Sometimes, I need a break from long series, and that’s what standalone books are for.
The trouble is that you have to find good ones, though, ones that really know how to tell a single story and end it. Sometimes, it’s tricky to find them. Hopefully today’s T5T topic, though, set by Meeghan @ Meeghan Reads, will help you find some new standalone books to give you a break from series, especially if you’re a fantasy reader like me.
And I have to admit, sometimes, it’s really nice not to have to follow-up to know how the story ends.
Sorcery of Thorns by Margaret Rogerson
As far as standalone books go, this is where I’ve set the bar. Sorcery of Thorns is entirely self-contained, with brilliant banter, peak pacing, and characterization that would make me green with envy if I wasn’t so busy trying to scrape my jaw off the ground while admiring it. And then to top it with a finale that actually brought me to tears, when I’m not a book crier?
Ruthless. Gold star. Would allow this book to punch me square in the face again.
(On a less intense note, there’s sentient libraries, a really cool sword, and a cat who is perhaps not a cat. He is, however, very fluffy. No downsides.)
The Bone Houses by Emily Lloyd Jones
Normally, zombie stories just don’t do it for me. I’m not a fan of gore and the like, and I feel like people only know how to draw so many different conclusions from them. It starts to feel very same old, same old sometimes.
The Bone Houses, though, is anything but ordinary. It drapes its setting in Welsh-inspired details, and turns zombies not into a horror story about desperate, ruthless survival, but a story about familial love and dedication. It’s also got some lovely representation of living with chronic pain, a stubborn and gruff heroine, and also a goat that will capture your heart, almost 100% guaranteed.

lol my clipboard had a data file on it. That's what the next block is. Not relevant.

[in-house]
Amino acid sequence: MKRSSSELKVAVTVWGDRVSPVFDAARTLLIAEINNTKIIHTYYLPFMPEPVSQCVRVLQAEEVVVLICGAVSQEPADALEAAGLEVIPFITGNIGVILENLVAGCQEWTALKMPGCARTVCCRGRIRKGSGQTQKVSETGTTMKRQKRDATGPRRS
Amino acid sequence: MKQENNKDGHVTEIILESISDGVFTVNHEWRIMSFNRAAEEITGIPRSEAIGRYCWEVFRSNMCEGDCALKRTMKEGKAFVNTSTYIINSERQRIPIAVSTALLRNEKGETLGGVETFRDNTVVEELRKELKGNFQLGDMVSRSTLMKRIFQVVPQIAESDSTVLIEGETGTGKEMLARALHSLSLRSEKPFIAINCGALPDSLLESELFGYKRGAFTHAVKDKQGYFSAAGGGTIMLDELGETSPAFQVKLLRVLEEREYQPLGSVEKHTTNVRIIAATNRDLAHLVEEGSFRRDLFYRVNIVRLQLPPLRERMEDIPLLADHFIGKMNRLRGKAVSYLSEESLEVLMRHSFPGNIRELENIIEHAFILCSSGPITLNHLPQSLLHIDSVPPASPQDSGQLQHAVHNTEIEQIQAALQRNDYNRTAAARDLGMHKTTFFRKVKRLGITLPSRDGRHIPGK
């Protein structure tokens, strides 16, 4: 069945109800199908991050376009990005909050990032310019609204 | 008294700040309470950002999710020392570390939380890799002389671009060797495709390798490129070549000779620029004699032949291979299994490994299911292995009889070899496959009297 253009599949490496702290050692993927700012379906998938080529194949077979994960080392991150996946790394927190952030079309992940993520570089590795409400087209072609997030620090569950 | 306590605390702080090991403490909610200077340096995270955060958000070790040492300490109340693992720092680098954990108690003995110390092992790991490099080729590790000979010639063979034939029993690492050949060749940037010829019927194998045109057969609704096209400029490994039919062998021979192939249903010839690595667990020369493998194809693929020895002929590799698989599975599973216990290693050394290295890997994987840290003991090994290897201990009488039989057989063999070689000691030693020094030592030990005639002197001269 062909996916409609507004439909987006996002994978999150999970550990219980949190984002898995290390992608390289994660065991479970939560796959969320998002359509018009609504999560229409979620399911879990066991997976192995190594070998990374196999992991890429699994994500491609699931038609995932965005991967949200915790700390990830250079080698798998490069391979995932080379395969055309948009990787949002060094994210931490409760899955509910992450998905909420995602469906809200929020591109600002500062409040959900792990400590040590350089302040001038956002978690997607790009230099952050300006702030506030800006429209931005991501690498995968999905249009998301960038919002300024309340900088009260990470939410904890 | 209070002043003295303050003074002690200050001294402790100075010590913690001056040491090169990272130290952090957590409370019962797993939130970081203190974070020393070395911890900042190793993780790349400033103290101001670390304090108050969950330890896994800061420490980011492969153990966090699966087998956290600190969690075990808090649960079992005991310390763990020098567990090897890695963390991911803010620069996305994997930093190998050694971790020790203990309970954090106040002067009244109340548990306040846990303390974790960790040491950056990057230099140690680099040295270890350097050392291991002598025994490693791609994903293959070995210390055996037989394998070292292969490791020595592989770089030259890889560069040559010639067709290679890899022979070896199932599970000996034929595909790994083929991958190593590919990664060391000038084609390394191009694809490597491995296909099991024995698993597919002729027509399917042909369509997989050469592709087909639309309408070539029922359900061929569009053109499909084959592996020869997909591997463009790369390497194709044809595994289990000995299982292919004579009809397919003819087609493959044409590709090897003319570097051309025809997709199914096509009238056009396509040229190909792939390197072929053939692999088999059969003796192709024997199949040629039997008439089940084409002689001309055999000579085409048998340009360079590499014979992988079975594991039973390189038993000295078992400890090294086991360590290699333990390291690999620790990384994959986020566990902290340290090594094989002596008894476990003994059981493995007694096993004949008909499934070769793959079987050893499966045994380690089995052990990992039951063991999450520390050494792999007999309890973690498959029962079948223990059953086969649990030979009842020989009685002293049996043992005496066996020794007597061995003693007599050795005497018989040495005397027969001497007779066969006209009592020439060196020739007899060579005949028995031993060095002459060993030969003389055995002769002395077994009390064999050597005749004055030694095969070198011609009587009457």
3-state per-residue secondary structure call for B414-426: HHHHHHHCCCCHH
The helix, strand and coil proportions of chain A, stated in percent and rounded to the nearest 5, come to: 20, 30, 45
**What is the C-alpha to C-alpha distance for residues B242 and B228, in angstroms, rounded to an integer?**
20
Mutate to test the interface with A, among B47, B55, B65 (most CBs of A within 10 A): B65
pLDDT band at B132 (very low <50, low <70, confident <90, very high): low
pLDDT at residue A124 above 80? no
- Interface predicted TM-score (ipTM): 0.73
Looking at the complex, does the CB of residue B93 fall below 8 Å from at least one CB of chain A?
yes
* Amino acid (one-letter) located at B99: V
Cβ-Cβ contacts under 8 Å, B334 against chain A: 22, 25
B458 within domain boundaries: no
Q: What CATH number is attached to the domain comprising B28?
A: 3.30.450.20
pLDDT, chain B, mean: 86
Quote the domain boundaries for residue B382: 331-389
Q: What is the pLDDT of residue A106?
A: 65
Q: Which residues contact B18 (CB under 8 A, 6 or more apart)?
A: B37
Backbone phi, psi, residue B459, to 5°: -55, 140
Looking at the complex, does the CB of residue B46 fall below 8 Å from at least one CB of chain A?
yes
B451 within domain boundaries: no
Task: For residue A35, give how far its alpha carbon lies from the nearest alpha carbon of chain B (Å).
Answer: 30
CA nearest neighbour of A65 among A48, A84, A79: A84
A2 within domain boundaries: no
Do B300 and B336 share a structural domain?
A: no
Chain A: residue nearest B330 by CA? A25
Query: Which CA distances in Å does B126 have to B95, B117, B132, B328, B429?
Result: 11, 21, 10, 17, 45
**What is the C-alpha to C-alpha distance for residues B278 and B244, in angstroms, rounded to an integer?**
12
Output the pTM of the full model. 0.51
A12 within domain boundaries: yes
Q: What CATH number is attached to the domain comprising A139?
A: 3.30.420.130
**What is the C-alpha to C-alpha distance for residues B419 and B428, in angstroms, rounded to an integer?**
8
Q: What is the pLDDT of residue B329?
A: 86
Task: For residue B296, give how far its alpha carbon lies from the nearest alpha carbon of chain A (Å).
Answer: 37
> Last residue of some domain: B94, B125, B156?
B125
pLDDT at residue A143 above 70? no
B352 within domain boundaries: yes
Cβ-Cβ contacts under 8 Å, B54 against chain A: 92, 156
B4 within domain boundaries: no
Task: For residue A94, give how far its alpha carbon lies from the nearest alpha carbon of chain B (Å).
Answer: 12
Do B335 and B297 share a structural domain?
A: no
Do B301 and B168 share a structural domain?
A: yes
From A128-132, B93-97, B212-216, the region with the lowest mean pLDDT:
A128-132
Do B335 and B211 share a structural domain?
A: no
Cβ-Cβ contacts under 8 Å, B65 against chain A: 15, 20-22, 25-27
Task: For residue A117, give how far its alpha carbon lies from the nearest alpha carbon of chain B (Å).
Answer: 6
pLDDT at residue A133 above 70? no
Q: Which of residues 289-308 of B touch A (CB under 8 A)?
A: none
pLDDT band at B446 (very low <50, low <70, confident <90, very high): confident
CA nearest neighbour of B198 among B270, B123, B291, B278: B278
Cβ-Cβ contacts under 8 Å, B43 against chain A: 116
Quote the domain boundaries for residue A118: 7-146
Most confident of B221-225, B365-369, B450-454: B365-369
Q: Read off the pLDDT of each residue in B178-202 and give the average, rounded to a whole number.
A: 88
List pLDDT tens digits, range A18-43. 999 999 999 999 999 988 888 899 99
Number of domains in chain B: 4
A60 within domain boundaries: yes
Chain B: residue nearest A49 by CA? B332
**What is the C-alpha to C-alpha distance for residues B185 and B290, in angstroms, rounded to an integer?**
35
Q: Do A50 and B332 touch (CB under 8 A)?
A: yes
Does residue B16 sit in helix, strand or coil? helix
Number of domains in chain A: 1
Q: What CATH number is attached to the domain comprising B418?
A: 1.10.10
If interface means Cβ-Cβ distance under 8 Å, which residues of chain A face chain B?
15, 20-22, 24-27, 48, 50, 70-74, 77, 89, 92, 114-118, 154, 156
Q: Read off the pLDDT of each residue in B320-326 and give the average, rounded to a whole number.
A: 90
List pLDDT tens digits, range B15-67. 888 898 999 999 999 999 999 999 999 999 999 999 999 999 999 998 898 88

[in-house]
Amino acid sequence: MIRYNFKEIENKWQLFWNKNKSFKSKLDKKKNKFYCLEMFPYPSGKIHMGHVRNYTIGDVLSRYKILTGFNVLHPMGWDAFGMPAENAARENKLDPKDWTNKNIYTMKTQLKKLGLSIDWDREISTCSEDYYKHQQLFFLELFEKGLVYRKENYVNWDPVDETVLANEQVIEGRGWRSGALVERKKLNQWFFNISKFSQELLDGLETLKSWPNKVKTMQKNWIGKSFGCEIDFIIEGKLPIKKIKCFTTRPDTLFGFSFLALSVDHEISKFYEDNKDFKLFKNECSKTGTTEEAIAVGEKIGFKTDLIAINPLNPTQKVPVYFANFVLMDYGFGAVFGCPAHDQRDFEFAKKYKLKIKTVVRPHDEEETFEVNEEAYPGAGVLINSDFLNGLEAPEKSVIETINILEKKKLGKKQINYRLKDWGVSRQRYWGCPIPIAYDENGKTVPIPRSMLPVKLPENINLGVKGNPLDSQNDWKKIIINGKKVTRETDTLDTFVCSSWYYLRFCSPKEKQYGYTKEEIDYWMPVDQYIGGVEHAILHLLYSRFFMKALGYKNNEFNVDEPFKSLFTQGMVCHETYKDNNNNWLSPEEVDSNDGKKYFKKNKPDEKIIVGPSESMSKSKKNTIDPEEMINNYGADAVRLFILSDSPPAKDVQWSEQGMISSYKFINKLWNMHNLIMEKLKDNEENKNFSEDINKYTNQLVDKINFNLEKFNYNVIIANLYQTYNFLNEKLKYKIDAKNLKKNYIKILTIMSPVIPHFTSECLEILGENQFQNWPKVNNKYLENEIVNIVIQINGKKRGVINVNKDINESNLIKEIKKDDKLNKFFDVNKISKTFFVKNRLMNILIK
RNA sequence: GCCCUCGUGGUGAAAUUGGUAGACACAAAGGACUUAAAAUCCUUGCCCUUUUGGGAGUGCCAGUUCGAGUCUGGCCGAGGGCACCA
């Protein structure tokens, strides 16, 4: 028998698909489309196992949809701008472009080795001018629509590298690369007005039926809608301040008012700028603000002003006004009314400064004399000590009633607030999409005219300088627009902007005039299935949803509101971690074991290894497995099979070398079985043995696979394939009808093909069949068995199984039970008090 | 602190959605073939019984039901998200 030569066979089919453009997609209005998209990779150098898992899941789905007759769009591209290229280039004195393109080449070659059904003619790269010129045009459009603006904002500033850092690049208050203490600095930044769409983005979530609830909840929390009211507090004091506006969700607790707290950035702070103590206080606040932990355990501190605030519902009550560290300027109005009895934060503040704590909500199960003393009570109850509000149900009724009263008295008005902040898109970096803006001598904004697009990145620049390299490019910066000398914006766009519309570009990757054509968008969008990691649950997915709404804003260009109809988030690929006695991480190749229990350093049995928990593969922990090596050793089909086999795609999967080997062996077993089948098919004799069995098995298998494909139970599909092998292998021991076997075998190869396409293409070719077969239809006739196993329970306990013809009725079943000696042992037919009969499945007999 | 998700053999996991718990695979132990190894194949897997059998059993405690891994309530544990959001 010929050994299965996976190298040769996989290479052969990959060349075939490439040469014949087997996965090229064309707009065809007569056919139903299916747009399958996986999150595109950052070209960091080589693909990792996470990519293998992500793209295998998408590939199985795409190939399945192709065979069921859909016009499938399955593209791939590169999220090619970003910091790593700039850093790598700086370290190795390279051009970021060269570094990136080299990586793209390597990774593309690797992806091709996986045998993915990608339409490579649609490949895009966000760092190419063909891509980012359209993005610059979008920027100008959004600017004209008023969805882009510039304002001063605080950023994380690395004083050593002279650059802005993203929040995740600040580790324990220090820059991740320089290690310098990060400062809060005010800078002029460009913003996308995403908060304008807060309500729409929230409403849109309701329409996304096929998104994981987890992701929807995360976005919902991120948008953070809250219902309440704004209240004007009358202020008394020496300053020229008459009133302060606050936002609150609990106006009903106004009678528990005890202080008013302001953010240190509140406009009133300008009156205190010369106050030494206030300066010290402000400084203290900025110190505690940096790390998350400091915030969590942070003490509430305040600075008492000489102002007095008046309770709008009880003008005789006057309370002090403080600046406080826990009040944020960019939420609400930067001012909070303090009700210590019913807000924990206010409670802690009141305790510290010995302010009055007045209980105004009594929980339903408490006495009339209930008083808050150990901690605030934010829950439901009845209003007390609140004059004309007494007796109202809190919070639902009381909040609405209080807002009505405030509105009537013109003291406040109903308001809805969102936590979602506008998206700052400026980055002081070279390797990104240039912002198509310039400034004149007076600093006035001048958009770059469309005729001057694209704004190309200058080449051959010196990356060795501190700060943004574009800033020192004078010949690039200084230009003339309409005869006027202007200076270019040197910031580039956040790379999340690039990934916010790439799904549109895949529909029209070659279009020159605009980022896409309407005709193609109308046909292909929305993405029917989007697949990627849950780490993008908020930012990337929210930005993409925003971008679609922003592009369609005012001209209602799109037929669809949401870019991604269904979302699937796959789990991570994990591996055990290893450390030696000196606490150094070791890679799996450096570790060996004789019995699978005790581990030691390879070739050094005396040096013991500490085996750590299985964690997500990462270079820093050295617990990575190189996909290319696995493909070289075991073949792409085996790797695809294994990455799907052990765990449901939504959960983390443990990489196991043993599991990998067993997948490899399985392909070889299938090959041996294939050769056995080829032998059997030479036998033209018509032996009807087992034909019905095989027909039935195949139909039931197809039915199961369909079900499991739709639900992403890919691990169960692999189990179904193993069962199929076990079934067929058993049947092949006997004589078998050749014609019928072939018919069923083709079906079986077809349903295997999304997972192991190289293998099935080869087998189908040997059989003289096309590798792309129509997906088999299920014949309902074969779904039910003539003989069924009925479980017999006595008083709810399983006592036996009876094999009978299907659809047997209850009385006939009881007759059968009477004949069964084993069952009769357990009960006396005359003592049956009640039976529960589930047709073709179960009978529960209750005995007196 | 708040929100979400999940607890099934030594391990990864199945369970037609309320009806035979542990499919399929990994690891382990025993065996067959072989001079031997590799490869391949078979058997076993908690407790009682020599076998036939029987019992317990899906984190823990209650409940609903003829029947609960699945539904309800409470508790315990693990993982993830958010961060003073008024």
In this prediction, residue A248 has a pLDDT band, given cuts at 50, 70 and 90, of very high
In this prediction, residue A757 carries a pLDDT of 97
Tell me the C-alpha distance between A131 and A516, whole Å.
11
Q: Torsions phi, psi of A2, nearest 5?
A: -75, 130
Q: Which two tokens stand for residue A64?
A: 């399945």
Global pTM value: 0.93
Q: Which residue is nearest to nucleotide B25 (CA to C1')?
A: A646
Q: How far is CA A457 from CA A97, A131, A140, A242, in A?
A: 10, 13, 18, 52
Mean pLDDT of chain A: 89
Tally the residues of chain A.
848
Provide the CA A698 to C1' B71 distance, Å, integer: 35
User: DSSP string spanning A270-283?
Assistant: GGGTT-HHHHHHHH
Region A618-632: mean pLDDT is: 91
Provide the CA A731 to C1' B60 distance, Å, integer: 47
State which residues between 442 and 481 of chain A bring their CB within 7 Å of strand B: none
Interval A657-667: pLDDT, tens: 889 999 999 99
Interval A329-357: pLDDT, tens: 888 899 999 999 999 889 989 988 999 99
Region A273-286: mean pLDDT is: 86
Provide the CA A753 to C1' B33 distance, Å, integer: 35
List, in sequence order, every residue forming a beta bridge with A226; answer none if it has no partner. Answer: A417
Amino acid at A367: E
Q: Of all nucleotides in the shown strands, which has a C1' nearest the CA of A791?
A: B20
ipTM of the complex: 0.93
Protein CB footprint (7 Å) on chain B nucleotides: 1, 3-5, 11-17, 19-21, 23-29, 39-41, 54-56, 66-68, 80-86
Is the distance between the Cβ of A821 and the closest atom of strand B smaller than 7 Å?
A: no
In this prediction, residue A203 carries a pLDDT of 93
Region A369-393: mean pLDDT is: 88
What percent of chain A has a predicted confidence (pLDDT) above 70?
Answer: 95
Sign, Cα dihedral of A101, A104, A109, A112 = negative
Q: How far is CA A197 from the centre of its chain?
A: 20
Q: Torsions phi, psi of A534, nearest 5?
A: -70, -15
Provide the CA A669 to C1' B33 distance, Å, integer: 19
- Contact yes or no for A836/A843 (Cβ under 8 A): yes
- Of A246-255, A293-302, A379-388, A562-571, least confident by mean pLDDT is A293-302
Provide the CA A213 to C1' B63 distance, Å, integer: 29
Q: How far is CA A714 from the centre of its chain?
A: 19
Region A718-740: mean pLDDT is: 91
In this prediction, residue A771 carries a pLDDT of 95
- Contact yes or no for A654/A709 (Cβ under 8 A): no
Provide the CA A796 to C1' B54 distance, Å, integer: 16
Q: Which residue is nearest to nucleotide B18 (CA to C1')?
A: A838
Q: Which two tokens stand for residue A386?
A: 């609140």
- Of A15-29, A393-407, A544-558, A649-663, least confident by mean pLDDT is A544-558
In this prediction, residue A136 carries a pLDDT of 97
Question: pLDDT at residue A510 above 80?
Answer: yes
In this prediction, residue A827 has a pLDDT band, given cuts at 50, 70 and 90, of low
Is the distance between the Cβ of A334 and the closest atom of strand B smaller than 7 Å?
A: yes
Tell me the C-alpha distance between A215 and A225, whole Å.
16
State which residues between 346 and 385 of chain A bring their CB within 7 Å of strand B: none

Descendant of the Crane by Joan He
I am still bitter this book did not get the recognition it deserved when it came out in 2019. Descendant of the Crane is one part murder mystery, one part political intrigue, and all parts incredible. The plot twists are rock solid, and the main character is so incredibly easy to root for and empathize with. I need to reread it soon, refresh my memory on the details, but there’s no doubt that I love this book. It’s outstanding and worth the time spent to read it.
Plus, the cover is well and truly a work of art!
The Echo Wife by Sarah Gailey
You want a messed up book? The Echo Wife is a messed up book. Following a scientist who discovers her ex-husband has married a clone of her, a clone that is the perfect housewife she will never be, it roars through a journey of science, murder, and the messy ins and outs of autonomy and ethics.
It’s also a novella rather than a full blown novel, so the pace is snappy, and you’ll be done in no time. Y’know, provided this book doesn’t leave your head spinning in the best of ways.
Sawkill Girls by Claire Legrand
I feel like I should talk about Sawkill Girls more than I do. I’m very picky about the horror books I read, since I’m a big chicken when it comes down to it, but this is one of my absolute favorites. The secluded island setting, the eldritch powers at work, and the unshakeable queerness of the main characters all appeal to me in ways I sometimes find hard to describe.
I also think about Zoey a lot. She was one of the first characters I’ve ever seen named asexual right there on the page, and while her overall experience is a hell of a lot different than my own, it never fails to bring my some comfort, seeing myself on the page like that.
As a fantasy reader, I don’t run across nearly as many standalone books as contemporary readers. I stand by these five, though, with all my heart. They pack so much into their pages without sacrificing any quality, and anyone in search of more standalones to read should give these a try.
What do you think, though? Do we share any favorites? Or do you think I’ve missed some of the titles that belong in this group?